I spent a certain amount of time during the last 14 months working on web services, whether it is RPC-like web services or RESTful WSes. I’ve recently started to work, for the purpose of a services computing class (CS459) here at KAIST, on another web service architecture - written in JavaScript, as part of my experimentations with Node. Hapi had nice features and extensions for building lightweight servers, so I went with this tech to start building it.

However, I realised that although Hapi was built in the objective of serving APIs (even though it can also render templates), several features were lacking to accelerate web services development. Notably, there is no web services description automation, generic error handling, common communication language, access protection…

That’s why I started building Hapi Web Service, that aims at providing an efficient framework for completing

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Useful tips for traveling/first steps in Korea

 General tips

  • No need to withdraw much Korean currency (Won, 전/₩): most of the stores accept debit and credit cards, whatever the amount. It can be useful to plan a bit of currency, for street food stands or taxis, but be careful where you withdraw money: some ATMs don’t work with foreign cards, you’ll have to hunt for “Global ATM”-marked ATMs.

  • If you’re from continental Europe, you won’t need any AC converter. Korean power sockets are a standard CEE outlet.

  • In many temples and indoor places, you might be asked to leave your shoes at the entrance. If you see shoes at the entrance of a public place, ask yourself the question.

  • There’s free Wi-Fi everywhere in Seoul - but if you need a reliable connection, you can get egg Wi-Fi hotspot devices at the airport.

  • If you want to visit the DMZ: don’t miss the JSA, the military camp managed by the UN forces and your only chance of setting a foot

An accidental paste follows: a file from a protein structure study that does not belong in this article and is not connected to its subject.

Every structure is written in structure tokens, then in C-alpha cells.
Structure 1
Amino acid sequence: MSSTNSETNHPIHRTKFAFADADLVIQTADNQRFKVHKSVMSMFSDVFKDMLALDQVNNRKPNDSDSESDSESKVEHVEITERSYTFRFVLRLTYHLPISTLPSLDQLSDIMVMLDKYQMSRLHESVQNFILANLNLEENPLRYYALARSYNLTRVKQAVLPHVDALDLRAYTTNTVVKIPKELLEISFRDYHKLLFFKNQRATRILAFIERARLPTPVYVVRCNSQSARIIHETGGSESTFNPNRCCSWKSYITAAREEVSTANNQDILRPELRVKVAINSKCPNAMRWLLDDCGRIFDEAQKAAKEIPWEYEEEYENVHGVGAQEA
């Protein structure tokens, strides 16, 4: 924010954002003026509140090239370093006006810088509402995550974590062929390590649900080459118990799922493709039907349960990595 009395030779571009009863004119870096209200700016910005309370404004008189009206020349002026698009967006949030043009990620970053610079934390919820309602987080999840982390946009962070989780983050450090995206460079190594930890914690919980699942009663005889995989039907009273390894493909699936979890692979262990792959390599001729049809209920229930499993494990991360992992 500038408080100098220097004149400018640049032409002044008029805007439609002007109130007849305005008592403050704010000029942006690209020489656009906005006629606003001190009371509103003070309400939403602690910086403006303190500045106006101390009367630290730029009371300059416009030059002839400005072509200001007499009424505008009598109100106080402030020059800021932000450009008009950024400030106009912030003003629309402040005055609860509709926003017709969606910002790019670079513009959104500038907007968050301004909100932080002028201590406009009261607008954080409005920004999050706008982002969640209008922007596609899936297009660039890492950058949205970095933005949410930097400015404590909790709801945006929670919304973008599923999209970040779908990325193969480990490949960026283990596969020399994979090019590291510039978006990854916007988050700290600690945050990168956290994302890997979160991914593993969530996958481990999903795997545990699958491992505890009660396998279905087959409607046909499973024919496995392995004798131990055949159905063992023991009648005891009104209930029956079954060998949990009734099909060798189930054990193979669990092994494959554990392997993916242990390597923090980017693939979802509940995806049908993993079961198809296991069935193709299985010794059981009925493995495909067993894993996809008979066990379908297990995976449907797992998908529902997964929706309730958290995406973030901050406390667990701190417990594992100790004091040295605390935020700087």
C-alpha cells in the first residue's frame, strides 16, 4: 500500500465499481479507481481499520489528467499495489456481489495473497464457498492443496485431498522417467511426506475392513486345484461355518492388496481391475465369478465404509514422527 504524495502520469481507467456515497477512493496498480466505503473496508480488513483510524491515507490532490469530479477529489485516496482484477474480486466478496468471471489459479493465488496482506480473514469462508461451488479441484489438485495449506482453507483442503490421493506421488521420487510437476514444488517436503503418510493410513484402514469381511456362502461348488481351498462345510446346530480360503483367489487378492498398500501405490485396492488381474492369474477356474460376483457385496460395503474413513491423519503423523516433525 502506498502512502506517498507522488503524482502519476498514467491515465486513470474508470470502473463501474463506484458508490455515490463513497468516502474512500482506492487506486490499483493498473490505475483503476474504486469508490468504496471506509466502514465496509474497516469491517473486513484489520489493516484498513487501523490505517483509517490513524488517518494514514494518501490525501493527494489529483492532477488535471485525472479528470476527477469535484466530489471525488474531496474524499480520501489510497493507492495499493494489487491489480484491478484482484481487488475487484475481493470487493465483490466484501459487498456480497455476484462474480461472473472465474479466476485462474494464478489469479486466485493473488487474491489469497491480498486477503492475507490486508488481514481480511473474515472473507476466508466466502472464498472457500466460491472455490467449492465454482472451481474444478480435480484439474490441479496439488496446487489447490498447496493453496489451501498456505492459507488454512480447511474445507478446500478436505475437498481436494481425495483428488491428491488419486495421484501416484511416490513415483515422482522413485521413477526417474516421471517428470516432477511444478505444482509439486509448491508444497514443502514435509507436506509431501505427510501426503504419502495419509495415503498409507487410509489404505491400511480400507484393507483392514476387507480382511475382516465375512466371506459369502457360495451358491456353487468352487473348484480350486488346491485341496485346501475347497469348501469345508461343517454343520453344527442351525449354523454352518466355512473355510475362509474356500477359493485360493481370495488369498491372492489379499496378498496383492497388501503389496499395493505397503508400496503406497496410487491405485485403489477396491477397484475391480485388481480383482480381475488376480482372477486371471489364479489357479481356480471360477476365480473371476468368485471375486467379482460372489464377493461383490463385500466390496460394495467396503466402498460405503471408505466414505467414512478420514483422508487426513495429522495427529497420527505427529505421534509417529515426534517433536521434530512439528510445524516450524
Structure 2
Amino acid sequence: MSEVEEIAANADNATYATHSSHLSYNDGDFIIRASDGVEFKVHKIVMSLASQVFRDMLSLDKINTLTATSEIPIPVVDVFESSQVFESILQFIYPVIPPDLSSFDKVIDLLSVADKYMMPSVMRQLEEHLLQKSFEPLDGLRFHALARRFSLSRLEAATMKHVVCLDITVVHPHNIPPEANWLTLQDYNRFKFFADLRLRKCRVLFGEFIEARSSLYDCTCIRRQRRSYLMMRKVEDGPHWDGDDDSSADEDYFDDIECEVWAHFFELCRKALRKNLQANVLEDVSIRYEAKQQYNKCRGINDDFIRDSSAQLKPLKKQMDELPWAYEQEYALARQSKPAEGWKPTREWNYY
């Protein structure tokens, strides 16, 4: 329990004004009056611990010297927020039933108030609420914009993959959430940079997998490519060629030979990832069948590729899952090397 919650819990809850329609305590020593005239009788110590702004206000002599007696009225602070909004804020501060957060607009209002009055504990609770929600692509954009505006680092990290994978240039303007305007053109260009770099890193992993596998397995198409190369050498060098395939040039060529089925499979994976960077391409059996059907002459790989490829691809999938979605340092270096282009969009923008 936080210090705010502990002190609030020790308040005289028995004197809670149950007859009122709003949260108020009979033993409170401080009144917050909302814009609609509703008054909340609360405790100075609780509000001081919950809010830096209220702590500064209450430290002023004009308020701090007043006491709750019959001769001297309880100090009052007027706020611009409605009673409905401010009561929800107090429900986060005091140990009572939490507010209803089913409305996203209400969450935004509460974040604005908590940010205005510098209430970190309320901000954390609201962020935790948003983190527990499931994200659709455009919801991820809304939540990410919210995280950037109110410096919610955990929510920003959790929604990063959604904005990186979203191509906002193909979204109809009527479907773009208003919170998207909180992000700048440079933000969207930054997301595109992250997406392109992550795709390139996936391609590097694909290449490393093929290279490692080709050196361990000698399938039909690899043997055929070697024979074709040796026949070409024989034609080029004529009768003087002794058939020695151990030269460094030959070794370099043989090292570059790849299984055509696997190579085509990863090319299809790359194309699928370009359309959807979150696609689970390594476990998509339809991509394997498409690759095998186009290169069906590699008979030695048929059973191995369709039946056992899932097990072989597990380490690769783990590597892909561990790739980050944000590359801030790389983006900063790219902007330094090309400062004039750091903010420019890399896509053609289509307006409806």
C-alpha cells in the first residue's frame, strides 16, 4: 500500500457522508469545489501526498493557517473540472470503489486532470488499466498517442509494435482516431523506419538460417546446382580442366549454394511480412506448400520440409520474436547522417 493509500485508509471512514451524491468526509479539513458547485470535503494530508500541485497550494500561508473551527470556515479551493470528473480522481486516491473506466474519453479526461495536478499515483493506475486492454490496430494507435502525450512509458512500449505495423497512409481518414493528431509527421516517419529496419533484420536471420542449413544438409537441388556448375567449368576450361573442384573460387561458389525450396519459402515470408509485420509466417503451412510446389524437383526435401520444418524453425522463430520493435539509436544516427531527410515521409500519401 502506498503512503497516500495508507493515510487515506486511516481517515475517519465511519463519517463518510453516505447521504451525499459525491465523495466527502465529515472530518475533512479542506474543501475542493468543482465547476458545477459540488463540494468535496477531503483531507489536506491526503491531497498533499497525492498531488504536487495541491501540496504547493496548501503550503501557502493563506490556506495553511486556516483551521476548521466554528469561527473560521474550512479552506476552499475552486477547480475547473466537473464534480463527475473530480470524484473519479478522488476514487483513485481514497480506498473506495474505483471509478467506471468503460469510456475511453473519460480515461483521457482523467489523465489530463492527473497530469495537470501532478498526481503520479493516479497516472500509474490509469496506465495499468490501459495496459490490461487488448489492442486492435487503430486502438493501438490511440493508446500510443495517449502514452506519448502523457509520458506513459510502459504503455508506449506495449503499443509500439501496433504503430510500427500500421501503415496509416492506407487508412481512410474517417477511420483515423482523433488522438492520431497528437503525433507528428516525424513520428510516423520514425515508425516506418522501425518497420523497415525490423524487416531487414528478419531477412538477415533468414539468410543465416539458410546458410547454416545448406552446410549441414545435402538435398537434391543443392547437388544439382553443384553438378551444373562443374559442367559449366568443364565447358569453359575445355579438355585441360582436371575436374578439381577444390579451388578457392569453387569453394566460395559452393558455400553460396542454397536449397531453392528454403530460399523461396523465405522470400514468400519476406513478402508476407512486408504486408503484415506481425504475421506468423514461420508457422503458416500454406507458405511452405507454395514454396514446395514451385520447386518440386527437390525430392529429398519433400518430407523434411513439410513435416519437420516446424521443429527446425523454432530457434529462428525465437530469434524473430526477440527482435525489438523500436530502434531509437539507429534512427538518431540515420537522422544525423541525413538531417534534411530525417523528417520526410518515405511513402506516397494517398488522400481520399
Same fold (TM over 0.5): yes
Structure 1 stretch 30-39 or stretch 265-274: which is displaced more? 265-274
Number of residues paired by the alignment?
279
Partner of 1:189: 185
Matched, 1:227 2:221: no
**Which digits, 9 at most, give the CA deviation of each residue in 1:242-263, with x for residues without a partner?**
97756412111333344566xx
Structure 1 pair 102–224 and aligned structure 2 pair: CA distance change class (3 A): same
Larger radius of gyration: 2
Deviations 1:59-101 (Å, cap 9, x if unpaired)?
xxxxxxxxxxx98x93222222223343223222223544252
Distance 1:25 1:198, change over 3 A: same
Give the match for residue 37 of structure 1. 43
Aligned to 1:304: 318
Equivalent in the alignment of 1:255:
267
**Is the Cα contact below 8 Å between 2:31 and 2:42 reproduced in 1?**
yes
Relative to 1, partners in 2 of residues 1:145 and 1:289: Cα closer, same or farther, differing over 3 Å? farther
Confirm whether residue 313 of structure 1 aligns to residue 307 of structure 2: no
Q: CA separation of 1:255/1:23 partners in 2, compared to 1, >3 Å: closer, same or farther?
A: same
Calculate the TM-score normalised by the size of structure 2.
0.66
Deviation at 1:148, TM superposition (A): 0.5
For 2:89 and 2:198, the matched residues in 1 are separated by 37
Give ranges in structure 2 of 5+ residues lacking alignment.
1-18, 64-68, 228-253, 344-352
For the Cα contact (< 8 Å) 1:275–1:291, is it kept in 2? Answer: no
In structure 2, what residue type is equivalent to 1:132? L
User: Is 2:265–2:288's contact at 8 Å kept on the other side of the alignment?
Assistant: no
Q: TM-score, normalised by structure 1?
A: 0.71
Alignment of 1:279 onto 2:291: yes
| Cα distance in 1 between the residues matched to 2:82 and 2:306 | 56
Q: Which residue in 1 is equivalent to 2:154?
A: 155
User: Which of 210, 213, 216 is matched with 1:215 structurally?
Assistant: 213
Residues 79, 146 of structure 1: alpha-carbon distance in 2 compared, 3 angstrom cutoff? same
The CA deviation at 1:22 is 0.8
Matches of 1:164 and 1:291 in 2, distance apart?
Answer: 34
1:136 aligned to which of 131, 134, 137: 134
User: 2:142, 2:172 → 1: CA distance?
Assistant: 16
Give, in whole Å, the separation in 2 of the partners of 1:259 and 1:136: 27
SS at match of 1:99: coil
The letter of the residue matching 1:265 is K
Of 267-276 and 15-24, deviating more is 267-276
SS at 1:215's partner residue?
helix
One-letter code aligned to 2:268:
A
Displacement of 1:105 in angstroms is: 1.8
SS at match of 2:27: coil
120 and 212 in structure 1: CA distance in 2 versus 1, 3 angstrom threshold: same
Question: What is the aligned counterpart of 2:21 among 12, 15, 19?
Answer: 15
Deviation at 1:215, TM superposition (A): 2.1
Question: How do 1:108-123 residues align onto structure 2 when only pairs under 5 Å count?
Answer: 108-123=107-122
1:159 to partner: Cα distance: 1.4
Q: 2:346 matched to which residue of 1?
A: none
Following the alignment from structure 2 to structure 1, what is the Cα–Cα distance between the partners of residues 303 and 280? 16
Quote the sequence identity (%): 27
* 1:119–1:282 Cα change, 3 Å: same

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Maker’s Schedule

The manager’s schedule is for bosses. […] When you use time that way, it’s merely a practical problem to meet with someone. Find an open slot in your schedule, book them, and you’re done. […] [Programmers] generally prefer to use time in units of half a day at least. […]

A meeting commonly blows at least half a day, by breaking up a morning or afternoon. If I know the afternoon is going to be broken up, I’m slightly less likely to start something ambitious in the morning. […]

Maker’s Schedule, Manager’s Schedule, Paul Graham

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Install SoaMLDesigner on a macOS Modelio project

I’ve been trying to install SoaMLDesigner for Modelio on macOS for a few hours now, but I couldn’t find a way to install it on my project. I tried to follow this tutorial to install it, but I didn’t work on macOS: either some menus were missing, or were grayed out… I finally did it by toying around with the configuration files, so here’s how I did it.

  • First, open the ~/.modelio/[version number]/modules/ folder. In this folder, every folder contains a Modelio module - you have to find the one that contains a SoaMLDesigner folder. You can help yourself with the command tree -L 2 if you have tree installed on your computer.

  • Go inside that SoaMLDesigner folder. In the module.xml file, the root DOM element of Module type has an attribute called version (3.5.02 in my case). Copy the value of the attribute. Now, copy also the full address of the file in the folder that has a .jmdac extension

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Thoughts about Docker Compose environments

  • Docker Compose is a useful tool to decouple images and split them into components, to make them easier to read and to maintain.

  • However, Docker Compose environments are best used when the images coupled together don’t need to interact together at a system layer, but only at a network layer.

I’ve had the recent experience of a Node.js project that needed to interact with a Redis database, adding large amounts of data as a single action (between 300 000 and a million inserts). My instinctive thought was to decompose this project into a Node.js project image, and a Redis image, linked together through Compose. Redis has a mass insert protocol, but it is only available as a command-line tool (cat data.txt | redis-cli --pipe) - there’s no network protocol to use it. I’ve thought of a few options, but nothing ideal:

  • Make my own Redis image with an interface (poorly efficient, especially